Anyway, I saw that he was the production manager for this film so I picked his brain a little and he answered my inane questions.
What was your role in Blood Mania?
On this film, the mgt of, and directing of the film, were difficult, as the budgets were low . We had some great people on crew, though, guys like cinematographers Gary Graver and Bob Maxwell, etc. I some ways, I miss those days where you just got a camera, a couple of friends, and just went out and got it done!!!
Peter Carpenter seemed like one of those talented people that was taken too soon. What are your memories of him?
Peter Carpenter was a very nice guy. Very good looking, sure of himself...he had many ventures going besides film , and was on the phone a lot talking to his various endeavors and their minions. He was always in a good mood, had a dynamite girl-friend, joked with the crew, thanked everyone at day's end...
Vicki Peters (Gail in the film) comes across as the epitome of stupid blonde in the film. What was she like in real life?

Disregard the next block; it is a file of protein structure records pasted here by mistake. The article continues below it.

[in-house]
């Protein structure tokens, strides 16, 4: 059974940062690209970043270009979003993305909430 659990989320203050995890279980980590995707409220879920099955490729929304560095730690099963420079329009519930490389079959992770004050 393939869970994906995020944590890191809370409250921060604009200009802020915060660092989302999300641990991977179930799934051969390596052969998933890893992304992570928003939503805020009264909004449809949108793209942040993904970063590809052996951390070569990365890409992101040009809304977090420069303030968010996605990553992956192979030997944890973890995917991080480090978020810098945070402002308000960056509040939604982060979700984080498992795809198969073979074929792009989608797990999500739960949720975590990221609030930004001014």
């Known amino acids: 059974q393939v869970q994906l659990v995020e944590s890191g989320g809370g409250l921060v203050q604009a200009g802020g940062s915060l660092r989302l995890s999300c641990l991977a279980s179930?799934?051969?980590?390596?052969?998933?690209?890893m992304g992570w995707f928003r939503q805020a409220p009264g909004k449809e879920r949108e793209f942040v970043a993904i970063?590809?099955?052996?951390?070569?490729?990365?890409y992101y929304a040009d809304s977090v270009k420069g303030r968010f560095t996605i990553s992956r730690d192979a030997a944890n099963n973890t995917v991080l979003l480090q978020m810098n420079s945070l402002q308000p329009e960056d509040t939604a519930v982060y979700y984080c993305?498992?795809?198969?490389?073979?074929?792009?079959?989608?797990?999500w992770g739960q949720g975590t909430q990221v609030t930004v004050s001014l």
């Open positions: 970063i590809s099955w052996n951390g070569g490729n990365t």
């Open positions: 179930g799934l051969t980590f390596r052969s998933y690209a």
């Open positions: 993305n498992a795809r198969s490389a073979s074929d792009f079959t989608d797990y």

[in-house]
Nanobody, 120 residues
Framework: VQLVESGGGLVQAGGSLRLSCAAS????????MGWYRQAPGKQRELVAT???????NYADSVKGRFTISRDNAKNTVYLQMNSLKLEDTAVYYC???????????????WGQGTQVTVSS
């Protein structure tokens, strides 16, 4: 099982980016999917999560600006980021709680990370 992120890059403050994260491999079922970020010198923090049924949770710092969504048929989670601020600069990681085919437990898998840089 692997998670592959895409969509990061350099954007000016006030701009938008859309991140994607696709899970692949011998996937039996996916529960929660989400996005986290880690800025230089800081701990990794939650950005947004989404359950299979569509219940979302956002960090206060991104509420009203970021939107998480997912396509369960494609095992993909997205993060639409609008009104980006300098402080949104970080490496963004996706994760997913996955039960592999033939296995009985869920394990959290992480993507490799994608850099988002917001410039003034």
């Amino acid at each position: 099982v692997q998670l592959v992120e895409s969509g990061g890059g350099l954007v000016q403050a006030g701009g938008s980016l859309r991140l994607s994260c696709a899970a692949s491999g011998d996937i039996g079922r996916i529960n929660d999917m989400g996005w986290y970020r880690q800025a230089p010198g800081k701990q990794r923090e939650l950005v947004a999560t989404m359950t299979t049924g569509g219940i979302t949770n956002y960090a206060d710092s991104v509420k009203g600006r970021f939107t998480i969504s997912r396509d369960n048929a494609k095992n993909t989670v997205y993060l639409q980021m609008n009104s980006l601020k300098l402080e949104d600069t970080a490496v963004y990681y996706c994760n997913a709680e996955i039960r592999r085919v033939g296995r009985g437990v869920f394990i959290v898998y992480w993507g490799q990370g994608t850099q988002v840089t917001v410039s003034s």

I do not remember Vickie well, except that she was also a nice person, very polite and not a diva in any sense. Kept to herself and a friend or two most of the shoot.
Alex Rocco as the lawyer seemed to be trying to get as much attention as possible in the movie and played it super sweaty even though no one else in the scene was perspiring. What was he like on the film?
Alex has always seemed a bit full of himself to me...and this proves it...enough said?
Finally, do you have any personal remembrances from the making of the film? It comes across as the blueprint of the erotic thriller that used to be the mainstay of Cinemax late night.
This film helped spawn the career of Director Robert O'Niel...I had worked several Richard Rush films with him as a prop man/set-dresser, me as a stuntman...suddenly he was directing, and as I was doing some production managing at the time, he asked me to join him on his films...it was a great relationship, and we are friends to this day. He was just down here in Austin, where they showed some of his other films at the Alamo. Good times were discussed over dinner and drinks.